The future of primary care

The future of primary care

Primary care is a hot topic again. Physicians are in short supply, and that’s not likely to change anytime soon. America’s population is aging, and as lifespans increase, we expect to see more instances of age-related disease states and comorbidities that strike later in life. Our needs for care will only increase. Technology — from mobile devices to artificial intelligence — may be poised to fill some of the gaps. But even when older patients adopt digital tools and behaviors, they still name doctors as their most trusted touchpoints. Healthcare is a human business, and people want to receive care from other people.

So how will we actually deliver primary care in the year 2030? At the HBA Annual Conference last month, I joined Syneos Health’s Leigh Householder, Amgen’s DeAnna Steiger, and illustrator Nevada Lane to explore four possible scenarios for the future of primary care.

Future of Primary Care 2030

Sketchnote by Nevada Lane

Scenario 1: Home visits

In the 1930s, 40% of doctor appointments were house calls. This figure dramatically dropped in the last half of the 20th century; today, house calls account for only 1% of doctor visits. It’s less efficient for doctors to spend time traveling between appointments and transporting equipment. But with an aging population, the rise of hospital-acquired infections, and consumer preference for convenience, house calls are making a comeback.

Not unlike other modern, on-demand services, this level of care isn’t available to everyone. Heal, a startup that has partnered with Uber and Lyft, is operating in a few coastal metro areas — for now — but patients who have used the service report high levels of satisfaction. Superficially, home visits seem expensive. But CareMore’s “Home Team” model has reduced expensive hospital admissions and emergency room visits.

Scenario 2: The high-tech medical center

Medical breakthroughs and advancements in technology — from personal genomics to biometric monitoring to AI-powered everything — make it easier than ever to envision a highly effective and efficient outpatient setting.

Artificial intelligence and machine learning applications range from the administrative (e.g., predicting attendance) to the clinical (e.g., augmenting physicians). The rise in genetic sequencing presents great opportunity for what is known as precision medicine, enabling personalized care — from nutrition to cancer treatment — based on an individual patient’s genome. But not all patients are ready to talk to doctors about their DNA or share their genetic testing and other biometric data with insurance providers — and primary care facilities may not be ready to deal with the data, either.

Until clinicians and patients learn to communicate with and about AI and the data that powers it, the opportunity to transform healthcare will be unevenly distributed. There are many reasons to be optimistic about emerging technology in primary care, but it’s not yet clear what will be possible by 2030.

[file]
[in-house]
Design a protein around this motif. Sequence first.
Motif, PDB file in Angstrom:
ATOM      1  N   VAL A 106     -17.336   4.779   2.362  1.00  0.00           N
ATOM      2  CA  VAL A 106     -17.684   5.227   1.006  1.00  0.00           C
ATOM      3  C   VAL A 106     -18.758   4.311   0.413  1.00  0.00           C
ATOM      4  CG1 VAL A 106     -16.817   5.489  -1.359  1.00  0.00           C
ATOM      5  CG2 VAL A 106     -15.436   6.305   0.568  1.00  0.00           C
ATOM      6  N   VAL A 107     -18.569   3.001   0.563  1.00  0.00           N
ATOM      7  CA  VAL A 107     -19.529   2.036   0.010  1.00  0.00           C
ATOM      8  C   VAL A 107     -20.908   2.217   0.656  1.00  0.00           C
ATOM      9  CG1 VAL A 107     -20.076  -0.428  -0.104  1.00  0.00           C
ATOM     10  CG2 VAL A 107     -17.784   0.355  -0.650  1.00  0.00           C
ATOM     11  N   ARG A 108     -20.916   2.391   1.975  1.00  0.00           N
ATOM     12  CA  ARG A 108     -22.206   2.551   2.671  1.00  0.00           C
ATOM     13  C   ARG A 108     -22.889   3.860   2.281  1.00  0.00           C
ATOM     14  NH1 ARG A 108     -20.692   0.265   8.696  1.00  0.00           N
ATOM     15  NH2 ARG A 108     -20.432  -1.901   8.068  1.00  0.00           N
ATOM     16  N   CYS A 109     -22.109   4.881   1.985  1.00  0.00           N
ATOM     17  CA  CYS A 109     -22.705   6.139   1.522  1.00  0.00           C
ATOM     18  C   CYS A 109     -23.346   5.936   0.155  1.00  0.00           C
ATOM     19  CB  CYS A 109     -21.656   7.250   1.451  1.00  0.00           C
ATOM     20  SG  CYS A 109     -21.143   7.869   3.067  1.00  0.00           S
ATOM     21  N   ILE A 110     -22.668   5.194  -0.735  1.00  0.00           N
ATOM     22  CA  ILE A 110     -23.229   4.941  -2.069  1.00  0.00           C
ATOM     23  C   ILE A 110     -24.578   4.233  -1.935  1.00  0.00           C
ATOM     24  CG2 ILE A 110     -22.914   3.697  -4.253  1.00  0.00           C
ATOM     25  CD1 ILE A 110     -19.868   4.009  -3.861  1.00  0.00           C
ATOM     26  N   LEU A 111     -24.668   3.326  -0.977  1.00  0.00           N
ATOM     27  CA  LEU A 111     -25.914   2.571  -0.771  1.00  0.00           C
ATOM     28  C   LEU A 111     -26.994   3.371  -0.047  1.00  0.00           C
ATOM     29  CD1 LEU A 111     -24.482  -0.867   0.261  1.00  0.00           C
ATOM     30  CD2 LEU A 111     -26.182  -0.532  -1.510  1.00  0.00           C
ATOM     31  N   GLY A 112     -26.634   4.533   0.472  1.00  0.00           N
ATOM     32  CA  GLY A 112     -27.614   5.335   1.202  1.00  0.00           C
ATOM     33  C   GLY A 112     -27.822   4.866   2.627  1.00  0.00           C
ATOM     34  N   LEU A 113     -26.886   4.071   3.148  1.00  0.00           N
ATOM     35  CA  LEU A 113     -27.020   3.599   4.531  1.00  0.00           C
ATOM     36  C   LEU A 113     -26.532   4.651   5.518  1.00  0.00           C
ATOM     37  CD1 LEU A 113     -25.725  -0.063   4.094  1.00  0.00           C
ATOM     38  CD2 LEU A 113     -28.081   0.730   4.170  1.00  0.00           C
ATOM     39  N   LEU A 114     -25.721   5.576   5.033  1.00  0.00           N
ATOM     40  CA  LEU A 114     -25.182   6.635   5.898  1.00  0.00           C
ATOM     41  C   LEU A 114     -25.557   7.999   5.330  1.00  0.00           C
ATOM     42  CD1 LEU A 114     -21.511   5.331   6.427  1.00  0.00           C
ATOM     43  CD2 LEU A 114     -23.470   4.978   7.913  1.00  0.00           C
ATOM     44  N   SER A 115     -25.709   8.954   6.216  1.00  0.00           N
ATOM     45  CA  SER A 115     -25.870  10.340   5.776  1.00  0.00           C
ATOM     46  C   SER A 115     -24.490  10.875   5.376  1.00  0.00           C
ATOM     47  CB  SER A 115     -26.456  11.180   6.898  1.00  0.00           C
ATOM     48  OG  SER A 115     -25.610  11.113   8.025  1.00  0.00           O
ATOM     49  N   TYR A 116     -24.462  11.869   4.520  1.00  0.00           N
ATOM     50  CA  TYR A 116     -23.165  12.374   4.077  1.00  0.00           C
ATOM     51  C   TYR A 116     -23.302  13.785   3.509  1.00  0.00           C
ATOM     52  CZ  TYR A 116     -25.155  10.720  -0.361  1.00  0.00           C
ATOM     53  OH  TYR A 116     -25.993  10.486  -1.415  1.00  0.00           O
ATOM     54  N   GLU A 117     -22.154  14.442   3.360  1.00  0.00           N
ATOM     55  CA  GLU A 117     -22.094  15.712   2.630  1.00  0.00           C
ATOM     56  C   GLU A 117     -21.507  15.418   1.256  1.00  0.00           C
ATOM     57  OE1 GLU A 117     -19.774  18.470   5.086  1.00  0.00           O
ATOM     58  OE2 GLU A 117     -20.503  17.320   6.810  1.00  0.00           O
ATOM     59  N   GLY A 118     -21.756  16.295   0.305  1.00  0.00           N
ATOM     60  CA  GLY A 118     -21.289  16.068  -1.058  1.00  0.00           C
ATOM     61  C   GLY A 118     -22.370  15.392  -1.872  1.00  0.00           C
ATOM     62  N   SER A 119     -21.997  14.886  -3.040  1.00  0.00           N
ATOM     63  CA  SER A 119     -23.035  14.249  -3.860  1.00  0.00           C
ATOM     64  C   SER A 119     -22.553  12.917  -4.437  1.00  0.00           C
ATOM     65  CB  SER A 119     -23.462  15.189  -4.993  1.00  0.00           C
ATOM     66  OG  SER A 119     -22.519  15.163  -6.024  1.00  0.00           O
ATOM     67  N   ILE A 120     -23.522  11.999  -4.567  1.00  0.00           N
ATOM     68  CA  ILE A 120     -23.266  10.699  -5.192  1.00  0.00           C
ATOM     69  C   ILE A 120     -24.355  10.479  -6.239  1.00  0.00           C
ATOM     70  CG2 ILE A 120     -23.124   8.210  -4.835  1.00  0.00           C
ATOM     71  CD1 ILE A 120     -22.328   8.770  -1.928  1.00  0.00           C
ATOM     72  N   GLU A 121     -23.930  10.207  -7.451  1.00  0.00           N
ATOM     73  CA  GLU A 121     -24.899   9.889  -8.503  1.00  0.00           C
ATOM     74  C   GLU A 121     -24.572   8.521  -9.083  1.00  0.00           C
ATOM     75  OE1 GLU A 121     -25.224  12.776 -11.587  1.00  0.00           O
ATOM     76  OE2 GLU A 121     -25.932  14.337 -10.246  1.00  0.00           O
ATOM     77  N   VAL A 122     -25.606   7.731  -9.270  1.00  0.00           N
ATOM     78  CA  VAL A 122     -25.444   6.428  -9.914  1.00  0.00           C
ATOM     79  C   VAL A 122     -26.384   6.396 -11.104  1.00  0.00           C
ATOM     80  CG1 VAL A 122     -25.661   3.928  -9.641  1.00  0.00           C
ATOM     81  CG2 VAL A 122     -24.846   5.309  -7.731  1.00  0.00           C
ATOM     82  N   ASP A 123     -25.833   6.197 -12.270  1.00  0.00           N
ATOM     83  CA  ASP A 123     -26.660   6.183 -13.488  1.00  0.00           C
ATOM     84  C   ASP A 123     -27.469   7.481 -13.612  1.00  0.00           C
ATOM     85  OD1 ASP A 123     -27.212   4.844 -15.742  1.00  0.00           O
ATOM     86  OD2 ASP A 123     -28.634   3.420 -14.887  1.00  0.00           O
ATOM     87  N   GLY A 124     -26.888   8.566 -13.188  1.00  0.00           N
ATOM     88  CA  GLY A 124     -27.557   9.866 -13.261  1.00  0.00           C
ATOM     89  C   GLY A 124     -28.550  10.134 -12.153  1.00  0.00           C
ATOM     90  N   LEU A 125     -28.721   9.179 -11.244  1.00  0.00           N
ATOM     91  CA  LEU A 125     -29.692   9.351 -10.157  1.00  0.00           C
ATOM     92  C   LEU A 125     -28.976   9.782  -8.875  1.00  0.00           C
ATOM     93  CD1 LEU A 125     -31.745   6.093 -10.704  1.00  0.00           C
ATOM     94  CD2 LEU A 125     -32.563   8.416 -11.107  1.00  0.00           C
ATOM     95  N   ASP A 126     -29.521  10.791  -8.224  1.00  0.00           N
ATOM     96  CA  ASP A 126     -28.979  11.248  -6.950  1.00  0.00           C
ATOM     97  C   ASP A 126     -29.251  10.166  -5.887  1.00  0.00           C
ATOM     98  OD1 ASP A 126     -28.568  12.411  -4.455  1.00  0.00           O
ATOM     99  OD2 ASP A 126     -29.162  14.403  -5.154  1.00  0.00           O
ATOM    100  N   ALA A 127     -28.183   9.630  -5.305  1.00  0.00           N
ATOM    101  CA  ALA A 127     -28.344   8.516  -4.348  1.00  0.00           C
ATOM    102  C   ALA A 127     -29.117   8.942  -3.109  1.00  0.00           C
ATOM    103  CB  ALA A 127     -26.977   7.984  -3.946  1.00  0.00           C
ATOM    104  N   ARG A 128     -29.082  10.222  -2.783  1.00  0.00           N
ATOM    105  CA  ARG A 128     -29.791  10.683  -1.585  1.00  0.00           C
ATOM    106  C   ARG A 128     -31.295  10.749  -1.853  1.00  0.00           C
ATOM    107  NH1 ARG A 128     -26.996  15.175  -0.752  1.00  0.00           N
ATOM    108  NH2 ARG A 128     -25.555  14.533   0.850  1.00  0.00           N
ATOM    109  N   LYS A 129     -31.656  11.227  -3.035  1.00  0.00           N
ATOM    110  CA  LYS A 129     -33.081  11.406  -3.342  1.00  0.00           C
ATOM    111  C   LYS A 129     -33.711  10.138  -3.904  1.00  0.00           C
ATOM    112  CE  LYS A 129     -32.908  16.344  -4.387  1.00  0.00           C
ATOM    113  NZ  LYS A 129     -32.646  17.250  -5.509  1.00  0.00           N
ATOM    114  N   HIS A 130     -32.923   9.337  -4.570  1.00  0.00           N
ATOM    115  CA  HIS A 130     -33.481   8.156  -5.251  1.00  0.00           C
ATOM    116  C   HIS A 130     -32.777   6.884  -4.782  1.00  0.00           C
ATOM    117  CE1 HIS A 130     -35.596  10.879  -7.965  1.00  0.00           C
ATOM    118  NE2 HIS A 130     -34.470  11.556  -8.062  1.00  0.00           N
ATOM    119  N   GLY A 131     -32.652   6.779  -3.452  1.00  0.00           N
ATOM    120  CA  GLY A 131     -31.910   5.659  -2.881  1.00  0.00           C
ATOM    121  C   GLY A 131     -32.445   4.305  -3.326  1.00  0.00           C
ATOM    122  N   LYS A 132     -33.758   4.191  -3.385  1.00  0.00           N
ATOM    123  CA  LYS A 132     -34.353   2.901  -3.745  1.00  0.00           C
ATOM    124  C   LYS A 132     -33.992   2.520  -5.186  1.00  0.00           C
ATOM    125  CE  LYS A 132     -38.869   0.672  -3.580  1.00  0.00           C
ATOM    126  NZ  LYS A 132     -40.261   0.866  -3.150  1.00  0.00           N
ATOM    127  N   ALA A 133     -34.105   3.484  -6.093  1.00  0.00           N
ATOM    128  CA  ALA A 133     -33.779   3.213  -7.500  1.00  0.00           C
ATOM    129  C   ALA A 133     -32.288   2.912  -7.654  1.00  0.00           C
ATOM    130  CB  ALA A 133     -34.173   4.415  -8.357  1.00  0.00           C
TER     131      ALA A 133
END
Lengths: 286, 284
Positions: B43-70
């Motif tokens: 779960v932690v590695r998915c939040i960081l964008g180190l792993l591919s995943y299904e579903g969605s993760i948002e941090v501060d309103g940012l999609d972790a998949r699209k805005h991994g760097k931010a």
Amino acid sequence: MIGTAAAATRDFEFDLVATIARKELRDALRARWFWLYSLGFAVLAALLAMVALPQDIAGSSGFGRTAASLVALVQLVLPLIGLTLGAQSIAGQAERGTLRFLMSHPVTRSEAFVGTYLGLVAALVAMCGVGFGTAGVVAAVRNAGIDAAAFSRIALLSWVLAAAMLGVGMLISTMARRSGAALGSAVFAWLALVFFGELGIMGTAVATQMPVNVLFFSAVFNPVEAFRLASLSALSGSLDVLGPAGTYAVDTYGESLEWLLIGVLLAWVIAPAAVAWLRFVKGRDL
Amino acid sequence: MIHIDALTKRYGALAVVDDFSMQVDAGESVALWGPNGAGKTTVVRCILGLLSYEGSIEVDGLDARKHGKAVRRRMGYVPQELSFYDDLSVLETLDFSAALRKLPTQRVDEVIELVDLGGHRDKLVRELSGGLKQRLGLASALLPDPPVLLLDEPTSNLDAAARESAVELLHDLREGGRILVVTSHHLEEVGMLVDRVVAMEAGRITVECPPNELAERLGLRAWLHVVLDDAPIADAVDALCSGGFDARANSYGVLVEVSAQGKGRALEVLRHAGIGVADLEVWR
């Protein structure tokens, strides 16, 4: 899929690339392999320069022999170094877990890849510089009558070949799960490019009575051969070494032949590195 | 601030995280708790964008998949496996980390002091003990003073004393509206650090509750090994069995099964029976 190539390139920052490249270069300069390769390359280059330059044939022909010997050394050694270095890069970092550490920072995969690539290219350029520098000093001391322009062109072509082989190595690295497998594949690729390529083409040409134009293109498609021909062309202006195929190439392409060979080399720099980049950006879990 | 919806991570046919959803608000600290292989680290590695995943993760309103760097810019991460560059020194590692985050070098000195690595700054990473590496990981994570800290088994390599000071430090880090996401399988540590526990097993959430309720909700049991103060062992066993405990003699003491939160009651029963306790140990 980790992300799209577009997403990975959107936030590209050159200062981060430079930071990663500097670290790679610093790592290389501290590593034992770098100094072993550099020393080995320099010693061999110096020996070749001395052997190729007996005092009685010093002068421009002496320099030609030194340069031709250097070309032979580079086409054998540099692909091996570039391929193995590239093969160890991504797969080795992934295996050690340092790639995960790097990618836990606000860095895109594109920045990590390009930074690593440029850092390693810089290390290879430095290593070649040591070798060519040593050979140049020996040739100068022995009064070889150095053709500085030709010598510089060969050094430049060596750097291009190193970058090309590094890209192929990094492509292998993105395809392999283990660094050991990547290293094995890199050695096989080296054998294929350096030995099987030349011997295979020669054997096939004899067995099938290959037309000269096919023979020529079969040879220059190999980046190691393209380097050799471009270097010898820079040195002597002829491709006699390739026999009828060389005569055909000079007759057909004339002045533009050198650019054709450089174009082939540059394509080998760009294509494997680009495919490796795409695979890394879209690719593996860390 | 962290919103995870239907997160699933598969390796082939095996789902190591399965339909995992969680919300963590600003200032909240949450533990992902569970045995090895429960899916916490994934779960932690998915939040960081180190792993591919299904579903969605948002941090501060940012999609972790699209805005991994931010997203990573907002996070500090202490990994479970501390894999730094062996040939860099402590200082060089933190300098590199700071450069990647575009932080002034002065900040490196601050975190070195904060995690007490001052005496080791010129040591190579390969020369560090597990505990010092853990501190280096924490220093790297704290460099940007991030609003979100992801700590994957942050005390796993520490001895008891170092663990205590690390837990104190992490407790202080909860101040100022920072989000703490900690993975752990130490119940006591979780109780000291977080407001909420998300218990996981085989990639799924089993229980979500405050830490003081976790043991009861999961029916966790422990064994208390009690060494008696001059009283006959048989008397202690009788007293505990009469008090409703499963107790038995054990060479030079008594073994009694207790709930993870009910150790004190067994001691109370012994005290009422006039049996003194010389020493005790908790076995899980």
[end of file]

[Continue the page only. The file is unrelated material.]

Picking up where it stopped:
Scenario 3: The retail clinic

Walk-in clinics, once considered the least desirable option for primary care, found new relevance with the launch of QuickMedx (now CVS MinuteClinic) in 2000. Today, there are more than 1,100 MinuteClinics inside CVS and Target stores. And while underperforming CVS stores are closing, clinics are taking over as pharmacies become less about retail and more about providing healthcare.

More recently, retail clinics have inched closer to becoming the place of primary care, especially for those with chronic conditions. Walgreens, despite rumbles of a private-equity buyout and an announcement that it is closing 160 clinics, recently partnered with VillageMD to open the first of five new doctor-staffed primary care clinics in Houston. Walmart recently opened a stand-alone primary care facility in Georgia, turning heads with its breadth of services and its flat-fee model, even for the uninsured.

Scenario 4: Virtual care

Since the early days of the telephone and the golden age of radio, physicians have dreamed of using new communications devices to connect with patients. Today, increasing access to broadband internet, smartphones, and connected devices has resulted in a wider variety of telemedicine possibilities — from text and apps to virtual reality and voice assistants.

More modalities, of course, mean more startups. No single player is dominating the telemedicine market, and patients who visit different doctors may use multiple systems. Your employer-provided insurance may offer a voice assistant, your doctor may have an app, and when discharged from a hospital visit, you may use yet another virtual care solution.

Telemedicine isn’t just for elderly patients at home. Busy executives in the office and parents coordinating care for children also see the appeal of remote care. Hospitals benefit, too: Telemedicine extends services to nursing facilities and augments emergency care in remote locations.

For telemedicine to achieve its full potential, it must be integrated into larger systems. While integration of electronic health records has historically been an issue in telemedicine, that barrier is decreasing. Reimbursement, however, remains a challenge. Only 10 states have true telehealth payment parity, and others maintain laws that restrict telemedicine by not requiring insurance plans to cover telehealth services.

So which model will win? None of these scenarios are mutually exclusive. Elements of each will evolve — in predictable and unpredictable ways — and the way patients experience the future of primary care will depend on their ages, who they’re caring for, where they live, and what their conditions are.

Which scenarios are most likely? Which would you most like to see? Read more of Sara’s observations and join the conversation on LinkedIn


Sara Holoubek
Founding Partner and CEO


Head of Content & Community